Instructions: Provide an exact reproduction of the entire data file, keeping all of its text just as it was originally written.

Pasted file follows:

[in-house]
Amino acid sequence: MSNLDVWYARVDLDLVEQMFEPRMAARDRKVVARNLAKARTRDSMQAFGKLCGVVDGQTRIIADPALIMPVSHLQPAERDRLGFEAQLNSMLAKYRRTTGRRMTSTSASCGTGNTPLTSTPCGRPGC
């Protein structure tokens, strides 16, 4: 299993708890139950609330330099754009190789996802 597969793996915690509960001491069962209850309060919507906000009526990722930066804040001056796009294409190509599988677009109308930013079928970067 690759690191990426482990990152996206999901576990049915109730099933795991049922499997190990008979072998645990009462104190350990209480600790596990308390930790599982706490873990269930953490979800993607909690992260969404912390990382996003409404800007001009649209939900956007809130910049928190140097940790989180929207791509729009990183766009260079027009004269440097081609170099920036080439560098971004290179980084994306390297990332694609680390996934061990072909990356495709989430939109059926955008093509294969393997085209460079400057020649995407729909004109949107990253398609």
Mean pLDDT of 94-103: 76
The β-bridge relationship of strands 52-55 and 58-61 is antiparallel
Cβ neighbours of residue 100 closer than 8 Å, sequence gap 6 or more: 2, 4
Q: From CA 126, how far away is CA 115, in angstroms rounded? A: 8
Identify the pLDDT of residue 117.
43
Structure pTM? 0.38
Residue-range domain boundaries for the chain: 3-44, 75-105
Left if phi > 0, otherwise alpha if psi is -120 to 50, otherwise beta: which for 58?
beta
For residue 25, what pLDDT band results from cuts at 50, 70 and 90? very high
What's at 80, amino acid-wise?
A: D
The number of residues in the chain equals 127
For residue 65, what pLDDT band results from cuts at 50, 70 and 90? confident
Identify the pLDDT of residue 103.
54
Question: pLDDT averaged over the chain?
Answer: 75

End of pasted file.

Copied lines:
[in-house]
Amino acid sequence: MSNLDVWYARVDLDLVEQMFEPRMAARDRKVVARNLAKARTRDSMQAFGKLCGVVDGQTRIIADPALIMPVSHLQPAERDRLGFEAQLNSMLAKYRRTTGRRMTSTSASCGTGNTPLTSTPCGRPGC
């Protein structure tokens, strides 16, 4: 299993708890139950609330330099754009190789996802 597969793996915690509960001491069962209850309060919507906000009526990722930066804040001056796009294409190509599988677009109308930013079928970067 690759690191990426482990990152996206999901576990049915109730099933795991049922499997190990008979072998645990009462104190350990209480600790596990308390930790599982706490873990269930953490979800993607909690992260969404912390990382996003409404800007001009649209939900956007809130910049928190140097940790989180929207791509729009990183766009260079027009004269440097081609170099920036080439560098971004290179980084994306390297990332694609680390996934061990072909990356495709989430939109059926955008093509294969393997085209460079400057020649995407729909004109949107990253398609």
Mean pLDDT of 94-103: 76
The β-bridge relationship of strands 52-55 and 58-61 is antiparallel
Cβ neighbours of residue 100 closer than 8 Å, sequence gap 6 or more: 2, 4
Q: From CA 126, how far away is CA 115, in angstroms rounded? A: 8
Identify the pLDDT of residue 117.
43
Structure pTM? 0.38
Residue-range domain boundaries for the chain: 3-44, 75-105
Left if phi > 0, otherwise alpha if psi is -120 to 50, otherwise beta: which for 58?
beta
For residue 25, what pLDDT band results from cuts at 50, 70 and 90? very high
What's at 80, amino acid-wise?
A: D
The number of residues in the chain equals 127
For residue 65, what pLDDT band results from cuts at 50, 70 and 90? confident
Identify the pLDDT of residue 103.
54
Question: pLDDT averaged over the chain?
Answer: 75